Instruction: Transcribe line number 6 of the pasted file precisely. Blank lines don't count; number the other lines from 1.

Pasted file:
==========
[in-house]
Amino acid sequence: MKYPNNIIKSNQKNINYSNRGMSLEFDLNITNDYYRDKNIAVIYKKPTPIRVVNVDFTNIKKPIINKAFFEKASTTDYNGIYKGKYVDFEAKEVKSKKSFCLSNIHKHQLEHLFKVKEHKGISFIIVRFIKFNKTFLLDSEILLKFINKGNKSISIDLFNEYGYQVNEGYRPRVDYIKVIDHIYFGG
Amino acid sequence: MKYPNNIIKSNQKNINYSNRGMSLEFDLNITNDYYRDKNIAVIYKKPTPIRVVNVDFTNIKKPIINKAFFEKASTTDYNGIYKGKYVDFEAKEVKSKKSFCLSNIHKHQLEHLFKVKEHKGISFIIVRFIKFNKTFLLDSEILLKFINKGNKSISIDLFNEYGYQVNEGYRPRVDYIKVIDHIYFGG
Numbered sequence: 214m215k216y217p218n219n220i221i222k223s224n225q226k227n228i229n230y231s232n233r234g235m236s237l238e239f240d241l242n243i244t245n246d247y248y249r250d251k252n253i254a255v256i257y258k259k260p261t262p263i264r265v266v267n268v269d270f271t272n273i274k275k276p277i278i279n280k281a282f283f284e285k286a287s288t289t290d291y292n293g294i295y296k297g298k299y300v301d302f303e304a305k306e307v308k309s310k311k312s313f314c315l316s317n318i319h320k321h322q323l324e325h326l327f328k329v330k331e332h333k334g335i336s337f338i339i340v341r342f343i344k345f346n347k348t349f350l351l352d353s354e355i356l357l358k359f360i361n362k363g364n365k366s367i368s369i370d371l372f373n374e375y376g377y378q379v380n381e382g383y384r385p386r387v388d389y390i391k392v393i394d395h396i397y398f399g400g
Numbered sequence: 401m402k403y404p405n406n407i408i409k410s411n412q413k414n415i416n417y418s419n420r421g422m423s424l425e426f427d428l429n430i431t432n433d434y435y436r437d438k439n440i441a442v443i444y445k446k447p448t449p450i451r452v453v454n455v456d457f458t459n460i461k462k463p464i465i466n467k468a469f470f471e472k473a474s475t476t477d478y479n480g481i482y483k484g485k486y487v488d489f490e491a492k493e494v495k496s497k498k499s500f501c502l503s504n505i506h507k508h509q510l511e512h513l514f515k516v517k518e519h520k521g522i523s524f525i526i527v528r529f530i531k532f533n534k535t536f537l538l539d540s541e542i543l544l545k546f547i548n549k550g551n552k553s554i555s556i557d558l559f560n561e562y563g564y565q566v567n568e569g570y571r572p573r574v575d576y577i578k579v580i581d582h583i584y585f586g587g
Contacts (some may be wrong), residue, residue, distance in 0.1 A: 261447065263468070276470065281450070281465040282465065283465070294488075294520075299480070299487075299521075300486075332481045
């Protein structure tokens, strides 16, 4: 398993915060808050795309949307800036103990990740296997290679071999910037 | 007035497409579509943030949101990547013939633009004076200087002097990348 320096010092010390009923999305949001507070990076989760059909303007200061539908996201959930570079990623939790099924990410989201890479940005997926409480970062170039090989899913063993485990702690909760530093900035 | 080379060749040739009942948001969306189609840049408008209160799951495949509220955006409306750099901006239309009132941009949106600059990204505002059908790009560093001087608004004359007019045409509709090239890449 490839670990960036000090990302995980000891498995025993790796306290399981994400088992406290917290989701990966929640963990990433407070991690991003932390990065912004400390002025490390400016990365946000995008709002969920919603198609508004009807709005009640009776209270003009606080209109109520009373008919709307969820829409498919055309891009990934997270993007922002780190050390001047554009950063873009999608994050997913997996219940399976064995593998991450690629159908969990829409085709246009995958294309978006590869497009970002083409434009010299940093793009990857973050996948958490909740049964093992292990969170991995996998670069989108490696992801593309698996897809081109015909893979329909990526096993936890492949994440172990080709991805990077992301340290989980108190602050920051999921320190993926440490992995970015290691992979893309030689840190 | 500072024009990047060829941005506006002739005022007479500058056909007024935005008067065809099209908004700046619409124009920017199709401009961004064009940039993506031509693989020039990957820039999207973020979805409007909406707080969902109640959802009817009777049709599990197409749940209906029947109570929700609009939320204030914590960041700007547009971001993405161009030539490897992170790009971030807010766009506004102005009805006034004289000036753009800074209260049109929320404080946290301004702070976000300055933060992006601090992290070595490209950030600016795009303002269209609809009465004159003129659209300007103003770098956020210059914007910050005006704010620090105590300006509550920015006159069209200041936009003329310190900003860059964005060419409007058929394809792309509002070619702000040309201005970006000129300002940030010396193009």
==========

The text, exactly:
Contacts (some may be wrong), residue, residue, distance in 0.1 A: 261447065263468070276470065281450070281465040282465065283465070294488075294520075299480070299487075299521075300486075332481045